I've just had a thought. Maybe it would be less of a mess if what we are calling "iterators" had been called "streams"
Possibly -- I did use the "streams" name often in the tutorial on iterators and generators, it's a very natural term.
OTOH in C++ and Java, "stream" refers to an open file object (to emphasize the iteratorish feeling of a file opened for sequential reading or writing, as opposed to the concept of a file as a random-access array of bytes on disk).
...and in Unix Sys/V, if I recall correctly, it refered to an allegedly superior way to do things BSD did with sockets (and more). Any nice-looking term will be complicatedly overloaded by now. I think "seborrea" is still free, though (according to some old Dilbert strips, at least).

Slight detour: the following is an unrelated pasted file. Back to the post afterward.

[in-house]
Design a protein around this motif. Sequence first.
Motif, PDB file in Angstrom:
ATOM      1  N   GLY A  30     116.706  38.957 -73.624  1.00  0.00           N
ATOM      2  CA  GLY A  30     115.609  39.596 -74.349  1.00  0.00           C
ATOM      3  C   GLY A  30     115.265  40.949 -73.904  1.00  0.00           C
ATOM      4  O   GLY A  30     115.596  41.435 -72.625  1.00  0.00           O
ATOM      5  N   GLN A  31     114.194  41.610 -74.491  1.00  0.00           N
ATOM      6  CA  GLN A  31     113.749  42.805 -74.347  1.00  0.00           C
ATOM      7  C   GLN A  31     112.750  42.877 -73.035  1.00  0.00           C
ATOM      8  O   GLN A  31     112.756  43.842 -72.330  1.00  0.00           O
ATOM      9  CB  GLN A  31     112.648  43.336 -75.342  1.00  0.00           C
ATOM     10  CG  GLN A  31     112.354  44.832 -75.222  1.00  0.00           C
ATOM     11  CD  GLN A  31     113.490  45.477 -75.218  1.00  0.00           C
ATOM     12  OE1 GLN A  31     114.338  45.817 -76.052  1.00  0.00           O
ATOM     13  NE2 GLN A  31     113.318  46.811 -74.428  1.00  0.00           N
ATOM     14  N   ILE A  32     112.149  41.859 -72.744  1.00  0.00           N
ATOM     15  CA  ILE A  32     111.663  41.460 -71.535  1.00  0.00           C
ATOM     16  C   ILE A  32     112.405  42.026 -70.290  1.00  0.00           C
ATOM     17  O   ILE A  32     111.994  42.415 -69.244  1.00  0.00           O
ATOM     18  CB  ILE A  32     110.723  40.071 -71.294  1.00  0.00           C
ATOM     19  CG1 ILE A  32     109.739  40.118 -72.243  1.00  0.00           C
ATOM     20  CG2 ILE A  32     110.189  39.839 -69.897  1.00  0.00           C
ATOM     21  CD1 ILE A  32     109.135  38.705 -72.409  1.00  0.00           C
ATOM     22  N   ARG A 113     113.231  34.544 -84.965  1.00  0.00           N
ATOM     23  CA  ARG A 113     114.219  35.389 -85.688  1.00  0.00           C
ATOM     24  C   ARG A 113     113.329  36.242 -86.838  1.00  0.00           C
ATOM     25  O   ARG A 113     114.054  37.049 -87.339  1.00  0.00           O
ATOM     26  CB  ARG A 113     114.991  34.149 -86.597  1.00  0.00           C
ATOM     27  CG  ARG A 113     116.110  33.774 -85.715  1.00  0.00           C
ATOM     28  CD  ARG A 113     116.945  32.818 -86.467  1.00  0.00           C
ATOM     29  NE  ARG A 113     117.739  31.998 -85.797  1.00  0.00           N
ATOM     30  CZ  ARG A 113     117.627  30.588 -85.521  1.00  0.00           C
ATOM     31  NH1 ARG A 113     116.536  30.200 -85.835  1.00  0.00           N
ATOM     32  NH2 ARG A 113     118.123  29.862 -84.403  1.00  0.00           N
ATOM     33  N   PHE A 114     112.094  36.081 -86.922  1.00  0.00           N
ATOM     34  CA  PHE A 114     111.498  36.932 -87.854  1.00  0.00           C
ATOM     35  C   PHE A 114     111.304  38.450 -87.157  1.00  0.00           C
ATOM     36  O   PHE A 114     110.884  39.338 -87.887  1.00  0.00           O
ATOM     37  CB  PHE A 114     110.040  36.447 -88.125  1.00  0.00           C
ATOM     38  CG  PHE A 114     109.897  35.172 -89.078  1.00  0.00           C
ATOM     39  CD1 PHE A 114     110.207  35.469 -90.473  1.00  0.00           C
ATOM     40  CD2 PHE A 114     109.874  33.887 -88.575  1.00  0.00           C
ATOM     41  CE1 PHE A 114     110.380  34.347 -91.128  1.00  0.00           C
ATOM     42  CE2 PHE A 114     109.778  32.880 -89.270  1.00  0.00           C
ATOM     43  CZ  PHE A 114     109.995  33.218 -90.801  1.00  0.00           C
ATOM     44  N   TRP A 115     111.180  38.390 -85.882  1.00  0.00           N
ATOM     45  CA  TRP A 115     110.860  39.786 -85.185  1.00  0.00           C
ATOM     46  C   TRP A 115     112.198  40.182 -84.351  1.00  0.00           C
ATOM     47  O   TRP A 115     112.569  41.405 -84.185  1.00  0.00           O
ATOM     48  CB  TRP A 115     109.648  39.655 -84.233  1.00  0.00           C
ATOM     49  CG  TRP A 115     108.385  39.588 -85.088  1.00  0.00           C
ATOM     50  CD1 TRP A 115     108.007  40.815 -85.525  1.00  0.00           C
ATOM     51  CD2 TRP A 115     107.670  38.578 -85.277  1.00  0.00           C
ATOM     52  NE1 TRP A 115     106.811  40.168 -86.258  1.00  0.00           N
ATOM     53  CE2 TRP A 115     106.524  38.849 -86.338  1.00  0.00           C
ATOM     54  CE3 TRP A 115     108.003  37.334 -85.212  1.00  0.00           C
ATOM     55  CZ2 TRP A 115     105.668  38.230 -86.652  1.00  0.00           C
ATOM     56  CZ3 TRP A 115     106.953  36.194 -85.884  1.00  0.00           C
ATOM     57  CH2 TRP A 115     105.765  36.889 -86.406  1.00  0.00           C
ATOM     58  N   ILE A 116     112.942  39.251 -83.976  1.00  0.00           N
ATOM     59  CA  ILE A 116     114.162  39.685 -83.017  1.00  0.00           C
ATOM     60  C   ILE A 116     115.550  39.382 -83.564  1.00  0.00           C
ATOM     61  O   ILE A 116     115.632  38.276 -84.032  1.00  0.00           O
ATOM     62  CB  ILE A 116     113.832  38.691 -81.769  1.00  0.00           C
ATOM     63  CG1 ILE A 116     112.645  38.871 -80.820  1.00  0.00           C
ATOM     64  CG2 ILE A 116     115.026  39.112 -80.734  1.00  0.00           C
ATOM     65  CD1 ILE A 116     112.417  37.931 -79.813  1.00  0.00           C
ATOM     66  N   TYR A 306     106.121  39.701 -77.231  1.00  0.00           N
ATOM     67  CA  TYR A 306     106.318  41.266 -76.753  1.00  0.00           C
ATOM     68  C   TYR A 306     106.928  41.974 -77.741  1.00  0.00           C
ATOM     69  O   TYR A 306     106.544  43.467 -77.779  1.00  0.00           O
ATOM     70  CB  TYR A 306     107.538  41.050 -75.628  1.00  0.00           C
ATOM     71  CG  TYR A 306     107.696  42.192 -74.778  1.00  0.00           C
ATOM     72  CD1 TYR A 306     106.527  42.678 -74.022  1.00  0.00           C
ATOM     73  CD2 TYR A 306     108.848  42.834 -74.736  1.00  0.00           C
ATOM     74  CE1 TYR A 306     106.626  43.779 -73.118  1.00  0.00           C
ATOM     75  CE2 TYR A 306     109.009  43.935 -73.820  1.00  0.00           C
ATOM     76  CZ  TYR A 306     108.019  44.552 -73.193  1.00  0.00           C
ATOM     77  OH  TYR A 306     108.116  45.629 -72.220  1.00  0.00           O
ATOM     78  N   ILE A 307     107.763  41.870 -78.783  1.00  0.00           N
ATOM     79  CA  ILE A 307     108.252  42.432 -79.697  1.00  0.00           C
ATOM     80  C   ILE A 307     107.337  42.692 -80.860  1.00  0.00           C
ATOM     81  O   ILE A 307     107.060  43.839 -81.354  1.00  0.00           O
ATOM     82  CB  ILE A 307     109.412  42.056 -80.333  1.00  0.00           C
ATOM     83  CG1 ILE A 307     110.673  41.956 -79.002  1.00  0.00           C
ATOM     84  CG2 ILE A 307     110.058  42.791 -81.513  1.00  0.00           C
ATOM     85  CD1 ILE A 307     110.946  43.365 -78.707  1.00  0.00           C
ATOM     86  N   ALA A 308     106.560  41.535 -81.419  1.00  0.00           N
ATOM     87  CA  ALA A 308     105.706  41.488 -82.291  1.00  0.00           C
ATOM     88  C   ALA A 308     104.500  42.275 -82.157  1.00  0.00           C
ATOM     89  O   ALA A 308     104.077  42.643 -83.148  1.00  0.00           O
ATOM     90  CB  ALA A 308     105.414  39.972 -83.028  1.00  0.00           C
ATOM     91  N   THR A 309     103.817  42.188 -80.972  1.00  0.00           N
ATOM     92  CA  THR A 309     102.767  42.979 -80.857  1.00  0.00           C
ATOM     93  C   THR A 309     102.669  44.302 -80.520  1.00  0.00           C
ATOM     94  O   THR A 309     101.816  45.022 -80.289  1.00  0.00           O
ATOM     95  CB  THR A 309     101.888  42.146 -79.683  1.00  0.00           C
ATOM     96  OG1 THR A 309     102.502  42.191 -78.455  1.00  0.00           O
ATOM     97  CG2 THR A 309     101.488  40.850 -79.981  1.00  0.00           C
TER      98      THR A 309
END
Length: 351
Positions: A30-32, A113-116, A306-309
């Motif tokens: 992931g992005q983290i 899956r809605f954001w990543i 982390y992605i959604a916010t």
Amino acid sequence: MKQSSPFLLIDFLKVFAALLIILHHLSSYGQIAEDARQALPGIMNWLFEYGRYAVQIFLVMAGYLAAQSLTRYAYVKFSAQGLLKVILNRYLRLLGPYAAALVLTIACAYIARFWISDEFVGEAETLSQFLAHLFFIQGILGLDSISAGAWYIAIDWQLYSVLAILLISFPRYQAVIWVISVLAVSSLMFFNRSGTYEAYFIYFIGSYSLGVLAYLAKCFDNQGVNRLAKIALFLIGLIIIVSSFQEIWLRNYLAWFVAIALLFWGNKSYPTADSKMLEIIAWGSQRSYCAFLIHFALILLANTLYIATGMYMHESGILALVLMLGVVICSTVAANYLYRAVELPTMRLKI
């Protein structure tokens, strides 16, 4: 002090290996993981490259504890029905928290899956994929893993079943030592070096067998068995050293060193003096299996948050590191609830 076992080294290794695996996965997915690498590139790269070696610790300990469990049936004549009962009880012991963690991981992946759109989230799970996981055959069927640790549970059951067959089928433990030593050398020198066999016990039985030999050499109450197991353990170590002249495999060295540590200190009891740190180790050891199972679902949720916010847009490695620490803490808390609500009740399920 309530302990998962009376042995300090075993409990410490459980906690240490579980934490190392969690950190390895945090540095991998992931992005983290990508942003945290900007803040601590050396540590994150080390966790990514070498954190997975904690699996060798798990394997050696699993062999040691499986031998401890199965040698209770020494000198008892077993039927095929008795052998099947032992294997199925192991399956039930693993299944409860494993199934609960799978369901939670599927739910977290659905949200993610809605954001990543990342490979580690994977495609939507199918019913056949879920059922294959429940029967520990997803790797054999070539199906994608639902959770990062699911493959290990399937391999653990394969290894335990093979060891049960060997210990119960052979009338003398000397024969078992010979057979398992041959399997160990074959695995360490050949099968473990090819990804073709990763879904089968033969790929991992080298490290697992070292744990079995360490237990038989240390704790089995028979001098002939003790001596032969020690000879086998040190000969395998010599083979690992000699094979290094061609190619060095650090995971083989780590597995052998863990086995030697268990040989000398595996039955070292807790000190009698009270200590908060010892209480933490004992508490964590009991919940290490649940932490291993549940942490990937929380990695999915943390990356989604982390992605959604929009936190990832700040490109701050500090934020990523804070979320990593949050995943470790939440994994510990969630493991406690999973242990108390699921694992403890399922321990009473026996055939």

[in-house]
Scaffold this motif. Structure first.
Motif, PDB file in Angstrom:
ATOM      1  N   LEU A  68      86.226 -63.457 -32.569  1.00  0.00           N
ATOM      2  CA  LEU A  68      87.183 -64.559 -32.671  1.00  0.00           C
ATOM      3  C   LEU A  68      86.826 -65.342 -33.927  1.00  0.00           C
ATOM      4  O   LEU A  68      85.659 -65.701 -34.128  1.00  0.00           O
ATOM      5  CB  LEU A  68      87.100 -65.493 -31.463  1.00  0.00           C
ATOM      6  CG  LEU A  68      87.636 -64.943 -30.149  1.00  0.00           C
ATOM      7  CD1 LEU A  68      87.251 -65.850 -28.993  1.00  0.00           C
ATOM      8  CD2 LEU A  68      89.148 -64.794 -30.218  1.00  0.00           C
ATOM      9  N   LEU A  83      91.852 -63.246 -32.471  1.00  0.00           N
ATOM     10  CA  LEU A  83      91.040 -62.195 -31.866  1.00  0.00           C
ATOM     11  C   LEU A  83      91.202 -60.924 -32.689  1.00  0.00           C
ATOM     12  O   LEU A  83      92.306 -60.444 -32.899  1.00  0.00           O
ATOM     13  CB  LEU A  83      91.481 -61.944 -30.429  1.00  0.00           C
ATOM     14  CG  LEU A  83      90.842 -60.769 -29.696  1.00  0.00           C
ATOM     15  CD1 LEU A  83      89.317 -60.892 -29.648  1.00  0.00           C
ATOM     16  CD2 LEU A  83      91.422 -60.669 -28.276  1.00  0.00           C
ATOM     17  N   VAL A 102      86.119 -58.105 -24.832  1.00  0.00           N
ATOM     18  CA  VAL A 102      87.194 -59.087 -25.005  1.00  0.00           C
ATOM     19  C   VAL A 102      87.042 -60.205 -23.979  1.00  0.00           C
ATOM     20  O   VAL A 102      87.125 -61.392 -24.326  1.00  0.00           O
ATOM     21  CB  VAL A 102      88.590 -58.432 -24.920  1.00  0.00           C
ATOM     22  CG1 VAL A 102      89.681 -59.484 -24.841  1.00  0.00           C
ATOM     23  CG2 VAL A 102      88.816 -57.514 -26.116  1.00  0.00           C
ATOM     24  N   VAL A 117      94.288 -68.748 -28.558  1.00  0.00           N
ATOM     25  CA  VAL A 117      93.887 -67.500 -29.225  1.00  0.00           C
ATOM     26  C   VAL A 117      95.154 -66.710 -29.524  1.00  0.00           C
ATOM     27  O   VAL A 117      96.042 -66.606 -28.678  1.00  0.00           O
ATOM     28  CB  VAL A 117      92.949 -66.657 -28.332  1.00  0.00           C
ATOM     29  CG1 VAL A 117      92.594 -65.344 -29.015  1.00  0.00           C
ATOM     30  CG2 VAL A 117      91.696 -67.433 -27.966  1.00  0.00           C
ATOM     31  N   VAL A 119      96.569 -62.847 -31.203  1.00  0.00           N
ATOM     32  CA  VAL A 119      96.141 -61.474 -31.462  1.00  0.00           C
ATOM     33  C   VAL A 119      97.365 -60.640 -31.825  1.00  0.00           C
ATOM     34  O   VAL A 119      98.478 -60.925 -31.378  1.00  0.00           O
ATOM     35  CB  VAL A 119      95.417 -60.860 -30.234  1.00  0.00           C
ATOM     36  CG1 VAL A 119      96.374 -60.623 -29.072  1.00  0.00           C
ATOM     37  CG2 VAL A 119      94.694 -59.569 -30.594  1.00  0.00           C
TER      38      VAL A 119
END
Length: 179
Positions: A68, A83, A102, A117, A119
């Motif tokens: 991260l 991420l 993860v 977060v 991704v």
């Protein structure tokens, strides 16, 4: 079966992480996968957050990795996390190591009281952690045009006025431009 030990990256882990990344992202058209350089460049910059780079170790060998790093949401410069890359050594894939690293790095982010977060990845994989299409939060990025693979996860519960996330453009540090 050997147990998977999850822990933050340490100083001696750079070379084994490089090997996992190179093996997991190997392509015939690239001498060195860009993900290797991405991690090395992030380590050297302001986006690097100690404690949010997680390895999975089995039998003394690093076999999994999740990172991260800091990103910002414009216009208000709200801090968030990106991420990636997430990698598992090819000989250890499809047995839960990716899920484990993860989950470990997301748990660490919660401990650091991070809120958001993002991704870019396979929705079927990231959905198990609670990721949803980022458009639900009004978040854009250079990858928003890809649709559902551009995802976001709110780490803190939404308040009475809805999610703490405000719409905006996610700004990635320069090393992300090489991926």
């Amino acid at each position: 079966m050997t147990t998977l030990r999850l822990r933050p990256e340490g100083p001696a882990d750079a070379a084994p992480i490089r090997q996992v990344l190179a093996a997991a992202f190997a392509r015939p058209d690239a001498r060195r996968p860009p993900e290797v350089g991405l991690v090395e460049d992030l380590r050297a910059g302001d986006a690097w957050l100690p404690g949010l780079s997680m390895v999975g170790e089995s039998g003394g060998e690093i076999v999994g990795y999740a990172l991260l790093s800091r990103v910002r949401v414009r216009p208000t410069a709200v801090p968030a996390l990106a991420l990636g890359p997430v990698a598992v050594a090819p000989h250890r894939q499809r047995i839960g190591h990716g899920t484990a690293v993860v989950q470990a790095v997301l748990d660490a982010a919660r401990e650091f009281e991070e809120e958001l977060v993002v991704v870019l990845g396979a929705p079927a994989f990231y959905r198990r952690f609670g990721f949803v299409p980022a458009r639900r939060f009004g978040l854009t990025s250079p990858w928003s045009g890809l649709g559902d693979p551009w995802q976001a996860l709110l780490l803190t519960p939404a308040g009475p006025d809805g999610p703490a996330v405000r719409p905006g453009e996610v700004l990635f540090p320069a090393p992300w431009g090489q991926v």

Bah. I rather like the idea of using "stream" to denote the future rewritten I/O object, so I don't want to use it for iterators.
Which leads us back to my "this is rather academic" statement: don't we need to stick with stdio to support existing extensions which use FILE*'s, anyway?
We'll need to support the old style files for a long time. But that doesn't mean we can't invent something new that does't use stdio (or perhaps it uses stdio, just doesn't rely on stdio for various features).
--Guido van Rossum (home page: http://www.python.org/%7Eguido/)